A fastball in the mid-90s, slow curve, slider, split-finger, changeup and circle change all worked for seven innings during which Jimenez struck out eight in a 3-0 victory over the D-backs at Chase Field in front of 26,637.
But when he really needed a pitch -- with two on and two out in the sixth and tormentor Miguel Montero batting with a 3-1 count -- catcher Chris Iannetta headed off the thought process with a plea.
"Iannetta made me decide, 'Throw hard ... throw with everything you have,'" Jimenez said. "That's what I did."
Jimenez's 3-1 pitch was a 95-mph fastball. He took a deep breath as Montero, whom he recalled hit an opposite-field home run off him on Aug. 31, 2007, that cost Jimenez a win (the Rockies won in 10 innings), swung with every ounce of energy. Jimenez answered with a 97-mph inside fastball that Montero had no prayer of hitting.
Although it was just the second game of the season, the Rockies badly needed Jimenez's display of trickery and brawn as he held the D-backs to four hits and three walks.
Jimenez displayed old-time diversity, in an age where hurlers rarely use more than three different pitches. Part of it, he said, was pitching in a climate that was perfect for his repertoire. He has pitched well in the altitude at Coors Field, even though sometimes certain pitches like the curve don't work.
Even more, it came when the Rockies needed it most.
Monday afternoon's opener was wild. The starting pitchers were sinkerballers -- the Rockies' Aaron Cook against the D-backs' Brandon Webb -- yet balls flew. The game included eight home runs, with the D-backs knocking five and winning, 9-8. One game, sure, but counting last year, it was the Rockies' 16th loss to Arizona in 19 games since Colorado swept the 2007 National League Championship Series.
Also, after Cook lasted just 2 1/3 in the opener, the bullpen would have had difficulty absorbing another bad start.
"The timing of it might not have been ever better," Rockies manager Clint Hurdle said.
Jimenez managed to overshadow D-backs starter Dan Haren (0-1), who actually had a slightly better line in terms of strikeouts (nine) and hits (three). However, one hit was Rockies shortstop Troy Tulowitzki's leadoff home run in the fifth, his second solo shot in as many games.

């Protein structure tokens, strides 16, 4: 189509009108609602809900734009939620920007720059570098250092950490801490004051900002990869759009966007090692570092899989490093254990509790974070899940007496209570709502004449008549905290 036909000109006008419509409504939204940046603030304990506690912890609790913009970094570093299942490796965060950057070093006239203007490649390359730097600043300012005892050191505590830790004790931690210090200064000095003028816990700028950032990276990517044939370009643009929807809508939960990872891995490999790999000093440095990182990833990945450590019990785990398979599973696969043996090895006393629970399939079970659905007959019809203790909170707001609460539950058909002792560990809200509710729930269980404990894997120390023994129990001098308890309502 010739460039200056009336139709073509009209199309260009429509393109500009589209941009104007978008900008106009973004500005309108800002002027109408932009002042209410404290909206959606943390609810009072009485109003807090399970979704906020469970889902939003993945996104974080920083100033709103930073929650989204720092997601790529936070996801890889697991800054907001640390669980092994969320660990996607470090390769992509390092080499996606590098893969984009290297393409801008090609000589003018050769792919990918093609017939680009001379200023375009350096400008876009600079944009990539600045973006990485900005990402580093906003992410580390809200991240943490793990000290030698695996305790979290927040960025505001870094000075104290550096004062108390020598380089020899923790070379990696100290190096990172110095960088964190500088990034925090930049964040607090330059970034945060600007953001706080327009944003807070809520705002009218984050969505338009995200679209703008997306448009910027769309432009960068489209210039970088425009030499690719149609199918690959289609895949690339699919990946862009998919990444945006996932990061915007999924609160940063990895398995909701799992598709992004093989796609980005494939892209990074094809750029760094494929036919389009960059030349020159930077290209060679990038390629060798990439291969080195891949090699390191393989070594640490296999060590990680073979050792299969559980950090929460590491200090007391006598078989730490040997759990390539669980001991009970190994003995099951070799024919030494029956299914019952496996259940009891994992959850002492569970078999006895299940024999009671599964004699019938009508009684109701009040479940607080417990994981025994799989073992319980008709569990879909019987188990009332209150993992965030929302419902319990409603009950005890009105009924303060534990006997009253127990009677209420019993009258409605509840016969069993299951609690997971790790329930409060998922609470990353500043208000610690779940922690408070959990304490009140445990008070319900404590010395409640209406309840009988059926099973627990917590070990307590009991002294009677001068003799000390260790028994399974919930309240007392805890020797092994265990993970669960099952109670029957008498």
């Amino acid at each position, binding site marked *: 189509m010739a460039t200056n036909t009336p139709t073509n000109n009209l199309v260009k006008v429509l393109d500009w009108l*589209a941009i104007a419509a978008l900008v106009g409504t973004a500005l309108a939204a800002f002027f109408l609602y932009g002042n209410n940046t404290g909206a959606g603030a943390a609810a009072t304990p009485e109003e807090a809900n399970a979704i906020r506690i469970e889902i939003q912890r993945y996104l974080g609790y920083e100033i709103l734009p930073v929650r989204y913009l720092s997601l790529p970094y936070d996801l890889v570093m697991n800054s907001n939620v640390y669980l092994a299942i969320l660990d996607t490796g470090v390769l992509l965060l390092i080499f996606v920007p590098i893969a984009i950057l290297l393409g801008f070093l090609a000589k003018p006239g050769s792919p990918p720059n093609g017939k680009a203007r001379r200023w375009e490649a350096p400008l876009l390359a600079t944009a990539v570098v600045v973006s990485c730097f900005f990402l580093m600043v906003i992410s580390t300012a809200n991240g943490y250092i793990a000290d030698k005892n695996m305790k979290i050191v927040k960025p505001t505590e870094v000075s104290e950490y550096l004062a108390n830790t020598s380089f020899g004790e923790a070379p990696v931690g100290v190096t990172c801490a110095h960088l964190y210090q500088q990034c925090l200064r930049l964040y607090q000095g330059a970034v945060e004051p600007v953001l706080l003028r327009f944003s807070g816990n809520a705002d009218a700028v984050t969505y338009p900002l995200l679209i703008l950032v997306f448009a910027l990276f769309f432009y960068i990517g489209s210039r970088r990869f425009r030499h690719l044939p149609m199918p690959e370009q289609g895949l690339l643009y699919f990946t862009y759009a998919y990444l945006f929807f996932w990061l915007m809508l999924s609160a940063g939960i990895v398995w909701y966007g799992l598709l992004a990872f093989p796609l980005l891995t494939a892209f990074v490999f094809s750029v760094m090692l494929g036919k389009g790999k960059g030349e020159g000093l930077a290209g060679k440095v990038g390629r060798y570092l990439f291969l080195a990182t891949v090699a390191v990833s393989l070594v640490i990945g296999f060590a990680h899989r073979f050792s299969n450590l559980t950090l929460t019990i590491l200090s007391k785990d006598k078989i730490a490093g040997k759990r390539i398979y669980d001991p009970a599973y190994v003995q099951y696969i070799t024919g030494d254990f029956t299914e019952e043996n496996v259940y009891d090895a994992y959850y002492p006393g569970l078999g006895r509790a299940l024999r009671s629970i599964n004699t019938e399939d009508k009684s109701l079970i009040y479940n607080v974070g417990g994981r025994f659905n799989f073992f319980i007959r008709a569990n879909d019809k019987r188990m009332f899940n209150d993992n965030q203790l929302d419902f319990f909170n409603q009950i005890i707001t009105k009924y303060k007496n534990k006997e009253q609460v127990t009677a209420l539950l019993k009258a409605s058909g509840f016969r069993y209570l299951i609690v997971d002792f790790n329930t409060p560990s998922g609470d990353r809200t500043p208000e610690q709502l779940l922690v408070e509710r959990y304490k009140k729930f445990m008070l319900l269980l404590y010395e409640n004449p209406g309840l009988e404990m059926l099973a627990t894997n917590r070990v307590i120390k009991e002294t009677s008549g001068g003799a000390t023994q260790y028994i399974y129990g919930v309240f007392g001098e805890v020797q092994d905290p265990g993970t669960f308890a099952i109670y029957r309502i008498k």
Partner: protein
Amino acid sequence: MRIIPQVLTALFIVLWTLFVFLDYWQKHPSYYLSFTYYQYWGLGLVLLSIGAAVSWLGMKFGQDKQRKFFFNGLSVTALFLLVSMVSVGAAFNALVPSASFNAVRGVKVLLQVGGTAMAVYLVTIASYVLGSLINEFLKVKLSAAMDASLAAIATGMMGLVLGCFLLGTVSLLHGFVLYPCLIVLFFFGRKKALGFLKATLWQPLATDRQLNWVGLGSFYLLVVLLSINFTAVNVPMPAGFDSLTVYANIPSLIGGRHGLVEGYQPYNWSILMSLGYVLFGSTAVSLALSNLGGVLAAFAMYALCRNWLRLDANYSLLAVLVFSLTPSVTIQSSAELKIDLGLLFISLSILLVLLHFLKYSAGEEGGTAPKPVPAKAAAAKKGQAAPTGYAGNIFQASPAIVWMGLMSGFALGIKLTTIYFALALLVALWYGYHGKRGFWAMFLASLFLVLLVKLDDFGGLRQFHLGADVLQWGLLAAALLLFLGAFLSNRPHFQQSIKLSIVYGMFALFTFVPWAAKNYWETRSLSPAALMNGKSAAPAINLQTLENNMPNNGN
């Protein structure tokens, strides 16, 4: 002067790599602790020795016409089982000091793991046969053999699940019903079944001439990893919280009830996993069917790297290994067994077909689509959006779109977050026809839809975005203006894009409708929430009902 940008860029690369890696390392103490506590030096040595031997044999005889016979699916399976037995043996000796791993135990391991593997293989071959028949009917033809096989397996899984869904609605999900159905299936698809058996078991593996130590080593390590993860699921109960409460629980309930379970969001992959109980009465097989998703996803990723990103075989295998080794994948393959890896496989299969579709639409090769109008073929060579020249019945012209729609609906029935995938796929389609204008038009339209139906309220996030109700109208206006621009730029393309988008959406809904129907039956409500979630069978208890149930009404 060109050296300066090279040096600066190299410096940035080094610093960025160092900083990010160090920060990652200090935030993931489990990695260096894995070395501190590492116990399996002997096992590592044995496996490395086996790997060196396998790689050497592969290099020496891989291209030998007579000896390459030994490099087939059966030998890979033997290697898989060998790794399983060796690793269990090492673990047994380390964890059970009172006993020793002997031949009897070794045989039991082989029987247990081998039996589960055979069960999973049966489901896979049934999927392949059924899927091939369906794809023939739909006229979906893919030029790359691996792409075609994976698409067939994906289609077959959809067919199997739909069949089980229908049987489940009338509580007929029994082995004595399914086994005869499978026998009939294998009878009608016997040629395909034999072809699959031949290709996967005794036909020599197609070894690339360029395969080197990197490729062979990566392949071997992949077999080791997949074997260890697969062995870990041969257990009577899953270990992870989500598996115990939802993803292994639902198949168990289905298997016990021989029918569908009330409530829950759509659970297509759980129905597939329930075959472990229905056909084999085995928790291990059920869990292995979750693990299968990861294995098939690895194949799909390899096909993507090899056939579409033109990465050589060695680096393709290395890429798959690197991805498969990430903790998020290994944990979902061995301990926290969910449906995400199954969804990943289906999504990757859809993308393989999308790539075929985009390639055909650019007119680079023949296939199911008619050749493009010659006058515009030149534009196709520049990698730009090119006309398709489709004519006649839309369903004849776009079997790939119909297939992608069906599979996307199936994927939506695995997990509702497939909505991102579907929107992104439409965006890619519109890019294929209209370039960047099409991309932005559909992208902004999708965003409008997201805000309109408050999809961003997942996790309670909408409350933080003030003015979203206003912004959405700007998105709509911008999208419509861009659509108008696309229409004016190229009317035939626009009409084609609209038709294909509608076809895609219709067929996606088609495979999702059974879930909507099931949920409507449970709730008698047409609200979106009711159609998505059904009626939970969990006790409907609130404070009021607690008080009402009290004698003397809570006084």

"I threw quite a few breaking balls throughout the game and he was sitting on it," Haren said. "Maybe I made the adjustment one pitch too late, but it wasn't like it was a hanger."
Jimenez made the right pitches on the two occasions that he faced trouble. He used his fastball to work Haren into a double-play grounder with one out and the bases loaded in the second.
The challenges he won against Montero came after Stephen Drew doubled off the top of the right-field fence with one down and Conor Jackson drew a walk with two out.
Jimenez finished with his strongest inning -- strikeouts of Mark Reynolds and Justin Upton, and snapped pinch-hitter Eric Byrnes' bat for a groundball.
Jimenez, 25, went 12-12 with a 3.99 ERA last season, his first full year in the Majors. He went 8-3 with a 3.68 ERA after the break.
This spring, he had two dominating performances with the Dominican Republic's World Baseball Classic team, a short but impressive game against the Cardinals and a Classic-record 10 strikeouts in four innings against The Netherlands. That also might have prepared him for a tense game this early.
"Tonight, before every pitch, I was able to think about what I wanted to do," Jimenez said. "Before, it was like whatever the catcher put down, I'd throw it. Tonight, I was able to think with Iannetta."
Pinch-hitter Ian Stewart and Todd Helton added RBI singles in the eighth.
The final two innings were almost as much a boon for the Rockies as Jimenez's time on the mound. Manuel Corpas struck out one in a spotless eighth. Huston Street, one of three players the Rockies received for former star left fielder Matt Holliday, gave up one hit and struck out one in the ninth for his first save with Colorado.